Fifteen year-old Ma’edeh Shabaninejad was arrested two months ago at her
aunt’s house in the southern city of Ahwaz, where she was hiding after security
forces raided her own home and confiscated her poems, her father said, according to a Reuters report.
Sahid Shabaninejad said his daughter had told her mother in weekly calls she is allowed from jail that she had been accused of inciting violence through her poetry about Iran’s Arab minority.
“Resist, my homeland, there is not much left of you,” one of her verses said. “Soon you will hear in your sky the sound of smiles and liberation’s call.”
Arabs have long said they face discrimination in Iran, but two human rights groups say that hundreds of people have been arrested around Ahwaz in the last few weeks alone amid protests against water and power cuts, poverty and alienation.
The community is also caught in a struggle between Iran’s Shi’ite rulers and Sunni-ruled Saudi Arabia that has fueled civil wars in Syria and Yemen and spread fear of wider instability.
“I am amazed the Iranian government is afraid of a 15-year-old girl,” Shabaninejad said by telephone. “A young girl is in constant fear in prison and cannot sleep at night.”
Another relative said Ma’edeh’s aunt was detained the same night and some cousins were arrested the following day. Reuters was unable to confirm their accounts with the authorities, who do not usually release the names of detainees.
Government officials, who keep tight controls over civil movements of all kinds, were not immediately available to comment when Reuters contacted them to ask about the spate of arrests reported by the local Ahwaz Human Rights Organisation and the New York-based Center for Human Rights in Iran.
Officials have stressed the importance of addressing minority grievances and Supreme Leader Ayatollah Ali Khamenei has warned against discrimination.
“Islamic values and the country’s constitution oblige all bodies of the Islamic Republic to prevent any discrimination and inequality toward Iranians of any ethnicity, race or religion,” he said in a statement on his website last July.
Ahwaz is the regional capital of the ethnically diverse southwestern Khuzestan province, home to most of Iran’s Arabs.
When protests erupted nationwide in January against high prices and alleged corruption, clashes broke out between police and demonstrators in the southwest.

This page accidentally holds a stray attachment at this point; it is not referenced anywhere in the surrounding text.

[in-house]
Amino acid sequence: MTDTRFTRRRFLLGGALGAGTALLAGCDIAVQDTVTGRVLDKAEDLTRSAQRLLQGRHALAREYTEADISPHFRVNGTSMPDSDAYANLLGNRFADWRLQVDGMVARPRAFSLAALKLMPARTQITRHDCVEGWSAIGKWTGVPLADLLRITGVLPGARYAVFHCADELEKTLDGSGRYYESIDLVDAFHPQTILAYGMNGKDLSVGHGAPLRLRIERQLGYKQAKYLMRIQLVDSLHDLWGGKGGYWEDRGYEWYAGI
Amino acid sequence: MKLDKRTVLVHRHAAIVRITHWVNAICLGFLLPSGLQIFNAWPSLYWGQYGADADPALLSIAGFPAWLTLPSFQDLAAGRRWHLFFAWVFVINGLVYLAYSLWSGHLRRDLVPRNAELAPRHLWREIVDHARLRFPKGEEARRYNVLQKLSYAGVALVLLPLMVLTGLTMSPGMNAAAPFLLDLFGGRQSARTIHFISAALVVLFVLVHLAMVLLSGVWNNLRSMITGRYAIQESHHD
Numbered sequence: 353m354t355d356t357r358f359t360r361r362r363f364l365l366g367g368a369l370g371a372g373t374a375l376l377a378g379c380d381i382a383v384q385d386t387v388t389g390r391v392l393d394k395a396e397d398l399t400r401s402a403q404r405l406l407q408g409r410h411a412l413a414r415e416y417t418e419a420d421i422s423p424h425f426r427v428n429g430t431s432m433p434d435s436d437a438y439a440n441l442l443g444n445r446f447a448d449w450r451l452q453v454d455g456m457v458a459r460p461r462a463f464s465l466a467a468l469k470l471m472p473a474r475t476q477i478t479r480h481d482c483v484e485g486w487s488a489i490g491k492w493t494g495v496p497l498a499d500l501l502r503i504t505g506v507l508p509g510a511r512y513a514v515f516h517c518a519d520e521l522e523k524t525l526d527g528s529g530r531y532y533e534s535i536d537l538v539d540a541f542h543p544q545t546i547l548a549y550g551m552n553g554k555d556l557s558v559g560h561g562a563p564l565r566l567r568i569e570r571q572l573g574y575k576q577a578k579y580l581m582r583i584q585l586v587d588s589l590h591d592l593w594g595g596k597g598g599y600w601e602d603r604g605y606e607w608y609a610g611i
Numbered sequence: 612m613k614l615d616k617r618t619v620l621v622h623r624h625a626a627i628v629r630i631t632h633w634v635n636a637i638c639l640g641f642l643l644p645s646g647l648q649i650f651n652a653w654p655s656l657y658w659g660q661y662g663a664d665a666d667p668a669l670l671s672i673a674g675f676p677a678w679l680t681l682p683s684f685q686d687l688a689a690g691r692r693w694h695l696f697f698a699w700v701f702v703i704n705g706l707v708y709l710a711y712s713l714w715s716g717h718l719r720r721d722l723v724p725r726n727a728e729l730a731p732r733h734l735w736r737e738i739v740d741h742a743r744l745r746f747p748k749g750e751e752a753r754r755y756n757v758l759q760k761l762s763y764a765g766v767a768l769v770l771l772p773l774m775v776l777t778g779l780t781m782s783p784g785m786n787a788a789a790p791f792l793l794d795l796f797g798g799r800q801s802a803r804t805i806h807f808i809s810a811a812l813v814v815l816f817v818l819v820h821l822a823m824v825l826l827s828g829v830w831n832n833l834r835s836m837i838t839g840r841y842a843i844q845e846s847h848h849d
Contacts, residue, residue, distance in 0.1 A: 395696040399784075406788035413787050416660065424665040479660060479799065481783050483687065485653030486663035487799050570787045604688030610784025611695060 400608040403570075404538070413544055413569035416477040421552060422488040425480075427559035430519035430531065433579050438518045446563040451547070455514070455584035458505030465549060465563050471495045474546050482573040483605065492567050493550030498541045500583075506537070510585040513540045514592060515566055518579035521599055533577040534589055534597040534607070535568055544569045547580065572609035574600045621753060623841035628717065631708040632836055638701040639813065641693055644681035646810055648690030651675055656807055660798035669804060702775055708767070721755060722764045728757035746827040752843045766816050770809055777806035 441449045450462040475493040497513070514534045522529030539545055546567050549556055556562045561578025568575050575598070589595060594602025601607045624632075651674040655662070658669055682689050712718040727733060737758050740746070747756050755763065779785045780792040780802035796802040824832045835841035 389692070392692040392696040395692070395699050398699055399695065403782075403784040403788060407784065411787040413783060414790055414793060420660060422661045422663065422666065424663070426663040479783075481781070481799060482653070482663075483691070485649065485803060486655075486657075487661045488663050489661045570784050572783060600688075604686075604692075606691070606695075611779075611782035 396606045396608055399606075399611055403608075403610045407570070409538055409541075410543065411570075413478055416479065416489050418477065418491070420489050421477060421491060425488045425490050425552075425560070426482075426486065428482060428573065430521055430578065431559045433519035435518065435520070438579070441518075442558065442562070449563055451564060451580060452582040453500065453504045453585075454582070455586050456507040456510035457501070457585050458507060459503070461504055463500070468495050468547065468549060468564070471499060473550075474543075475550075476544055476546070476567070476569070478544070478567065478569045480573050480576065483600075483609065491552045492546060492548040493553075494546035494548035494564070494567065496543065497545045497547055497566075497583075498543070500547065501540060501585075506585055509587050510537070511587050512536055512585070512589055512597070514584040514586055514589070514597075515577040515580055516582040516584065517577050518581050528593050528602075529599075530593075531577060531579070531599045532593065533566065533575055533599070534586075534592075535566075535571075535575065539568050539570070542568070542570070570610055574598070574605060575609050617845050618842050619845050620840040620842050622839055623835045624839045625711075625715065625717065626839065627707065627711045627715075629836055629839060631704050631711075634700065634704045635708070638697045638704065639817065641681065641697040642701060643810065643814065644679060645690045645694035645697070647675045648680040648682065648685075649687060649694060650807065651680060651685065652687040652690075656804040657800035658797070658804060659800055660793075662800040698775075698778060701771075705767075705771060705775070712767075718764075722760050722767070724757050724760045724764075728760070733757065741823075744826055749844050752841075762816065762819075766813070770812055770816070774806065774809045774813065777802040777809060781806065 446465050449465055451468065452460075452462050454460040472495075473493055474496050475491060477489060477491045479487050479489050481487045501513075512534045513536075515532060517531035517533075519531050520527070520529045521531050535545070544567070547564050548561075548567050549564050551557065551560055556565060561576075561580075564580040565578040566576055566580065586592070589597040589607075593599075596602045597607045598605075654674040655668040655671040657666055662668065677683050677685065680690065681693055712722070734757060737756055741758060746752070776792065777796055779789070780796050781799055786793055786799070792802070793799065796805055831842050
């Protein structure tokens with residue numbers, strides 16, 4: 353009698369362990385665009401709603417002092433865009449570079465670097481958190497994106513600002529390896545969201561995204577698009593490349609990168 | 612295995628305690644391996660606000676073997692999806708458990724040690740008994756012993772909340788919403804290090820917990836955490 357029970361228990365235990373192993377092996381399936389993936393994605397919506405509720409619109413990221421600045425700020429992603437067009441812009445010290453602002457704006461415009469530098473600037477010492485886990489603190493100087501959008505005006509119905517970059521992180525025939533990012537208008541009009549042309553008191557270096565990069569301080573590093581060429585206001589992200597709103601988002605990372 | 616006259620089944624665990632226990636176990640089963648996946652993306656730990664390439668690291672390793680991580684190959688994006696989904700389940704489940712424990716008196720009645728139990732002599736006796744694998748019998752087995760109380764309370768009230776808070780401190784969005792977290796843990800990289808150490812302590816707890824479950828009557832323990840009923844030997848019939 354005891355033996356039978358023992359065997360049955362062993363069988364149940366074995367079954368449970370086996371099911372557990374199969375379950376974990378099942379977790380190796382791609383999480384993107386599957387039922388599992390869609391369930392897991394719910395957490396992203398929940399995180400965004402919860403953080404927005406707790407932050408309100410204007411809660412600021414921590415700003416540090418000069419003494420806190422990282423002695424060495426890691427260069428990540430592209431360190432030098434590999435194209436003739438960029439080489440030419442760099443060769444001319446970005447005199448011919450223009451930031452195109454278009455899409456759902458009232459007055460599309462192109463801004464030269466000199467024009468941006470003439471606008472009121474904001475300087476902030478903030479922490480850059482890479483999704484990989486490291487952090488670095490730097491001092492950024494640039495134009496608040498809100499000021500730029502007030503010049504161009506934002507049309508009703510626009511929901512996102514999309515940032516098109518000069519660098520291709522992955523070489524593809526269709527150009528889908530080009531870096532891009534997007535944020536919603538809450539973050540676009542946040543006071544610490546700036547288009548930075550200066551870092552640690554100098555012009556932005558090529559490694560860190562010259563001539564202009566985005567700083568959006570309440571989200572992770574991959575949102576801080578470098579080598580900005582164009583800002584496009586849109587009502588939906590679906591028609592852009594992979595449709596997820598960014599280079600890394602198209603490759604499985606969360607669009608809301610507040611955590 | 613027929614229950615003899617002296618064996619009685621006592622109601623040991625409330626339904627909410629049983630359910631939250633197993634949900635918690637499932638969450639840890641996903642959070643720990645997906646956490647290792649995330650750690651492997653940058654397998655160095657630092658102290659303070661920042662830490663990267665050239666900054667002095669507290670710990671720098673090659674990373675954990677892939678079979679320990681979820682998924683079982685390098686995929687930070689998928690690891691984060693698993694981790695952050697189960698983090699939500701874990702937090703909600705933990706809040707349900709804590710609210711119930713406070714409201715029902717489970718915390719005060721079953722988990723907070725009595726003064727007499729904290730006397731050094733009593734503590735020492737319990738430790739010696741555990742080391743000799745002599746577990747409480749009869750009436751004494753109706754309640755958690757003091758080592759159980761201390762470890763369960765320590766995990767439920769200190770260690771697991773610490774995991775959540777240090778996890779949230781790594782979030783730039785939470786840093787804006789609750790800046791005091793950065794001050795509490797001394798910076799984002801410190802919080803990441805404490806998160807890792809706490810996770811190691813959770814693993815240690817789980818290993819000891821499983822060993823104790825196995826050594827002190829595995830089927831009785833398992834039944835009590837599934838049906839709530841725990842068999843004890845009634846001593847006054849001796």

Sporadic demonstrations continued there after they died away elsewhere, with local Arabs voicing anger against what they say are barriers to fair employment and political rights in a region which accounts for 85 percent of Iran’s oil wealth.
Another major cause of unrest has been drought, which locals say has been exacerbated by the diversion of water supplies to ethnically Persian provinces such as Isfahan.
The Iranian government says it recognizes drought is a major problem and is doing what it can. In 2016, it acknowledged discrimination in employment in Khuzestan, saying it resulted from the province’s internal affairs, not government policy.
Ahwaz Human Rights Organisation says that of the hundreds arrested in recent weeks it has identified 70 by name. Five individual activists told Reuters the detainees are being held on security charges including separatism, Islamist militancy or being agents of Saudi Arabia.
The activists say dozens of others have also been summoned, interrogated and released.
Several released prisoners and detainees’ relatives told Reuters they had come under pressure from security forces, especially the Revolutionary Guards, not to publicize their detention.
Three released detainees told Reuters they had undergone routine beatings, threats and torture with electric shocks, including in one case, to the genitals.
One former detainee said he had wires attached to his head while making a phone call to relatives from jail and told he would get an electric shock if he said anything out of line.
The office of the Khuzestan governor, the Iranian Prisons Organisation, the judiciary and the Islamic Revolutionary Guard Corps did not immediately respond to requests for comment on the reported numbers of arrests or conditions in jail.
Arab demonstrators say Iran should not be spending money in Syria, Iraq and Yemen while people at home are struggling.
At a demonstration in Ahwaz in February, participants drew parallels between water and electricity shortages in the town and in Syria’s Aleppo, where Iran is building power plants after helping the government to oust rebels at the end of 2016.
“Ahwaz is like Aleppo, it has no electricity, no water,” video footage on social media showed Iranian Arab protesters chanting at the rally, before police broke it up.